Support lead at Nextcloud by day and scientist by night
Hi! My name is Daphne Muller, I work towards a world where privacy is respected. By collecting less personal data, we can get more innovation, financially healthier business models, more competition in the market, and most importantly, more humanity.
I wrote an academic paper, published in 2021, for the major a-level conference CHI. The paper outlines a new vision for computer science. How can the computer science industry develop into a privacy-respecting industry with open-source technology and more competition in the market? In 8 pages, I answered that question.
The paper is written as a parody on a paper published exactly 30 years earlier, in 1991, titled "The Computer for the 21st Century". I had to read this paper multiple times during my study. Bob and Ron could work together on a digital whiteboard, Sal would never be in a traffic jam anymore, and computers would make people feel more connected to their neighbours. And privacy? That would not become an issue because encryption would become good enough. In the decades that followed, privacy became a major digital human rights concern, but the vision still serves as an example for the new generation of computer science students and even gets paraphrased by leaders of Big Tech.
I wanted to provide the industry with a new, modern vision that could replace the old one. A vision that does not glorify the violation of the human right of privacy, but instead puts privacy central to innovation. A vision that is not biased towards Big Tech but towards open-source. Let me present to you: "The Computer of the 21st Century - Second Edition for Europe"!
It's not impossible.
Nextcloud turned out to be one of the most promising for-profit privacy organisations that are able to compete with Microsoft. So, I've applied for a job, and I'm very proud to be working for them :).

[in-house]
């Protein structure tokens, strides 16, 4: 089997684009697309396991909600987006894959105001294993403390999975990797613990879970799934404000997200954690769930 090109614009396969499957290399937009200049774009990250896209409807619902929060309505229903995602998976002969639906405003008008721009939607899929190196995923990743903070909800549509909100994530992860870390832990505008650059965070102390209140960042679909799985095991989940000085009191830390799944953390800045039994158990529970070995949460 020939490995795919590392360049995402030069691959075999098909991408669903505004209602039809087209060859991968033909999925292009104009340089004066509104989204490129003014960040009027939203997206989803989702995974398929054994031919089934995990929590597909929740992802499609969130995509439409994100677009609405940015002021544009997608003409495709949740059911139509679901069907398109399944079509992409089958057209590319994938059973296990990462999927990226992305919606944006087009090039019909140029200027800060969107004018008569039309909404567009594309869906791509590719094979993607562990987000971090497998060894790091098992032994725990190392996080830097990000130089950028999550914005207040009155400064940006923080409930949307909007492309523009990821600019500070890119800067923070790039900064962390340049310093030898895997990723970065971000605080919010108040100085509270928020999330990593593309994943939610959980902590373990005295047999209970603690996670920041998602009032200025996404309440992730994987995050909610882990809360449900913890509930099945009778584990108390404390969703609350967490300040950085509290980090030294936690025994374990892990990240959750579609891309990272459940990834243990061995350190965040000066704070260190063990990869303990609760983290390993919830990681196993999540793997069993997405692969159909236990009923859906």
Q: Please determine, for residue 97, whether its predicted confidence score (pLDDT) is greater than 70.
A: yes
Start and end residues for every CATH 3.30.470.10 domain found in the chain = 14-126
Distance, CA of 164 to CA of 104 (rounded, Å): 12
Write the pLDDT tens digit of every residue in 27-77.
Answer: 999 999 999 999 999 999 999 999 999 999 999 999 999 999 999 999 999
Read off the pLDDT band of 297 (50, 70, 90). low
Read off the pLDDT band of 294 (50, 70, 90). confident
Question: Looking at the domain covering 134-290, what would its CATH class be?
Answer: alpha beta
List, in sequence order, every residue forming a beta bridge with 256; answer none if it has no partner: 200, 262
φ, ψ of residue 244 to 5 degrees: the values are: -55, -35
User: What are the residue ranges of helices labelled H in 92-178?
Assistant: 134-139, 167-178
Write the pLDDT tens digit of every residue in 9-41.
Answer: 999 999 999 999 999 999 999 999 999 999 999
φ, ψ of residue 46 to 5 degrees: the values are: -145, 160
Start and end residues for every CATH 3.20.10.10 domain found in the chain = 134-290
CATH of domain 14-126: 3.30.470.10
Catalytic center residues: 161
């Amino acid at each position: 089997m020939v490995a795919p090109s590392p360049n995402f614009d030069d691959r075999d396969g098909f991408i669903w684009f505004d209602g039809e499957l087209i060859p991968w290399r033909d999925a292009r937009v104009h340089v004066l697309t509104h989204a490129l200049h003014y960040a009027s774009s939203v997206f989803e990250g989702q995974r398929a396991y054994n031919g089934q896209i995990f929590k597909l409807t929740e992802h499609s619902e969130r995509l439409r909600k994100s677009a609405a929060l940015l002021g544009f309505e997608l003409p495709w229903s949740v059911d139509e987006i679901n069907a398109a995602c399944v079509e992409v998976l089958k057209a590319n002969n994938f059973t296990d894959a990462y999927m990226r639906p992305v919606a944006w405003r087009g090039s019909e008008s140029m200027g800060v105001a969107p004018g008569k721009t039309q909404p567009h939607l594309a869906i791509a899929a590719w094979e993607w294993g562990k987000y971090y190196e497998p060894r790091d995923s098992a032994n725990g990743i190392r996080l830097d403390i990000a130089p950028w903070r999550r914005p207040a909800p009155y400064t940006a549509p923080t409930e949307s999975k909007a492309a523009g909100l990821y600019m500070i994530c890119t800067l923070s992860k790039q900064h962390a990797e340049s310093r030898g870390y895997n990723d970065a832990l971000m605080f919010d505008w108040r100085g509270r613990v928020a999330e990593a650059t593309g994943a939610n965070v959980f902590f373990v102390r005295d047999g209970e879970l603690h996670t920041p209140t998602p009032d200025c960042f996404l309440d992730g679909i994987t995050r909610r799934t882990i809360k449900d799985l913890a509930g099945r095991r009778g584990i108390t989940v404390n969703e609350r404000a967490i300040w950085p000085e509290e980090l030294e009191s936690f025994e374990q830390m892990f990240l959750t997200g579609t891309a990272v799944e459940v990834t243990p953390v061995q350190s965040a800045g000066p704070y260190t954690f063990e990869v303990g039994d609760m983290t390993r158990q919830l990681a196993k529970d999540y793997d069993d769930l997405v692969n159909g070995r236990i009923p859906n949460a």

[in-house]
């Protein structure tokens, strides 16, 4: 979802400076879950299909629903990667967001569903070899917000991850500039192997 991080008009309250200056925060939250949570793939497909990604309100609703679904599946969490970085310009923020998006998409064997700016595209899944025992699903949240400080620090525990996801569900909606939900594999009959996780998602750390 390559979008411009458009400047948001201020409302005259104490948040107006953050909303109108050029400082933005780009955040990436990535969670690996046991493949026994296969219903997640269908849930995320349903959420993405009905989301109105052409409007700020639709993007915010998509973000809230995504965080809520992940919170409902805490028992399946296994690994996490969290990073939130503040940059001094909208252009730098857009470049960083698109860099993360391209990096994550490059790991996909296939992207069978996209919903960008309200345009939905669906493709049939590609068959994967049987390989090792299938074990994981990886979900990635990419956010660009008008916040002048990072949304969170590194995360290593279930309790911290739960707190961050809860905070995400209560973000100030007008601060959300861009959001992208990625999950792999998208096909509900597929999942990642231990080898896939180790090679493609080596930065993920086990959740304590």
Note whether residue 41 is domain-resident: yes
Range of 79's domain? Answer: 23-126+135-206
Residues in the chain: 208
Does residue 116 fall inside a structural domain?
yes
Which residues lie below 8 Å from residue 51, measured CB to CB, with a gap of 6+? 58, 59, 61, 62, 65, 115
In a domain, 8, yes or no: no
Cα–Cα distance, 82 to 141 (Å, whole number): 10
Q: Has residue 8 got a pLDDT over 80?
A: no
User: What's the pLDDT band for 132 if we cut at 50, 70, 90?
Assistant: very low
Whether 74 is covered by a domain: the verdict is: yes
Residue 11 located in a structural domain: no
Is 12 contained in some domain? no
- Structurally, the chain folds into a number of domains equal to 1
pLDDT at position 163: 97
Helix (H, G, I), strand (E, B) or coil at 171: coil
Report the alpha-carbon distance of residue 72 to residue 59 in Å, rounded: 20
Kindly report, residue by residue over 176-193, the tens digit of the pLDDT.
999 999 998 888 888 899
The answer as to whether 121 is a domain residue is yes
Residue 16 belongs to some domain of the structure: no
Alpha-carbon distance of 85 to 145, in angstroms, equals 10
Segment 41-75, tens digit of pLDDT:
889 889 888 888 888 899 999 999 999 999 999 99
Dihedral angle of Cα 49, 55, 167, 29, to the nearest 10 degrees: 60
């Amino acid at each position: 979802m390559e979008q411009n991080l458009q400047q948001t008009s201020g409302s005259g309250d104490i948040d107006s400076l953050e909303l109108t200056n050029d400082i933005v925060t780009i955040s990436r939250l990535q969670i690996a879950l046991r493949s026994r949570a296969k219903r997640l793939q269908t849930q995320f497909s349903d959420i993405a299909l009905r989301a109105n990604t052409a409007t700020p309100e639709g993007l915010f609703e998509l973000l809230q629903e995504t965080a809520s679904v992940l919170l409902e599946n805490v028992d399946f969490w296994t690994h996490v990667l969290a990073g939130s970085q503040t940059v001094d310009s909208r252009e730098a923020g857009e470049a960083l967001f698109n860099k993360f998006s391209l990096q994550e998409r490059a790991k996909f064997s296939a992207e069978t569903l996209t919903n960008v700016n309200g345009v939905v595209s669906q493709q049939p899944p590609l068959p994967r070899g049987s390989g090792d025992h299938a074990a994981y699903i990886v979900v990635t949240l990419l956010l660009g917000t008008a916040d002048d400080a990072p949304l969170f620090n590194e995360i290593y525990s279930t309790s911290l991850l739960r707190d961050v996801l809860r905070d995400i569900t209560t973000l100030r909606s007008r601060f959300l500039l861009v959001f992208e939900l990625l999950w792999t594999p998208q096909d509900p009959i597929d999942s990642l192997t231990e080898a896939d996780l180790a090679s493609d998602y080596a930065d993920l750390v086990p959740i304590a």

Nextcloud offers a competative alternative for online collaboration software, like Dropbox, Google Drive, Google Docs, Microsoft Teams, Zoom, or Slack. The difference? Nextcloud respects privacy, is made by the people, and has absolutely no hidden agendas.
Who owns your personal data? At Nextcloud, you are the owner. You even choose who hosts your Nextcloud and if you are into tech, you can self-host Nextcloud on a small computer like a Raspberry Pi in your own house.
Made by the people
Nextcloud is created by a large community of over a 1000 people of whom the far majority are volunteers. They help on all levels: from answering questions on the forum to contributing actual code and apps. The company around Nextcloud tries to hire the volunteers who want to work on Nextcloud full-time.
No hidden agendas
Nextcloud is free and the code is open-source. Everyone can check the code, install it themselves, or contribute. To make money, Nextcloud offers licences for large enterprises. These licences include, for example, a version of the code that is guaranteed stable for business-critical infrastructures, special treatment for security updates, and technical support (> I am Nextcloud's support lead!)
I think Nextcloud will become the Microsoft Office of the future. Nextcloud is growing exponentially, our company is growing rapidly while being profitable, and the software is solid and competative with Big Tech. Nextcloud is the most popular online collaboration software among German IT professionals, and is even used by the German and French government, a bank, and Amnesty International.
What is my role? I'm support lead. Support is one of the most essential elements of Nextcloud's business model. At Nextcloud, all developers (currently 40 people from 7 different teams) provide support. I lead this group and structure the work to make support scalable, given Nextcloud's rapid growth.
I studied design at the TU Eindhoven with a specialisation in "smart products" and my master thesis was about privacy. I took the standpoint that designers should try to do their job without collecting so much personal data. Under the supervision of a mentor who controversially works for Google, I completed innovation projects in the retail, healthcare and smart-home industry. For example, this is a picture of my privacy-friendly shop compass: you can use it to find products in a store that you saw online on a webshop. And it does not collect any data.
This design got awarded the ThingsCon IoT Award.
For all those four design cases, it was relatively easy to come up with a concept and a working prototype that does not collect any user data. Harder was to work with the controversy among my colleagues who were somewhat biased towards big-tech. I analysed the design process of those four projects and outlined the strategies that were successful.
My thesis was awarded a 9,5 out of 10 and published at the a-level venue DIS.
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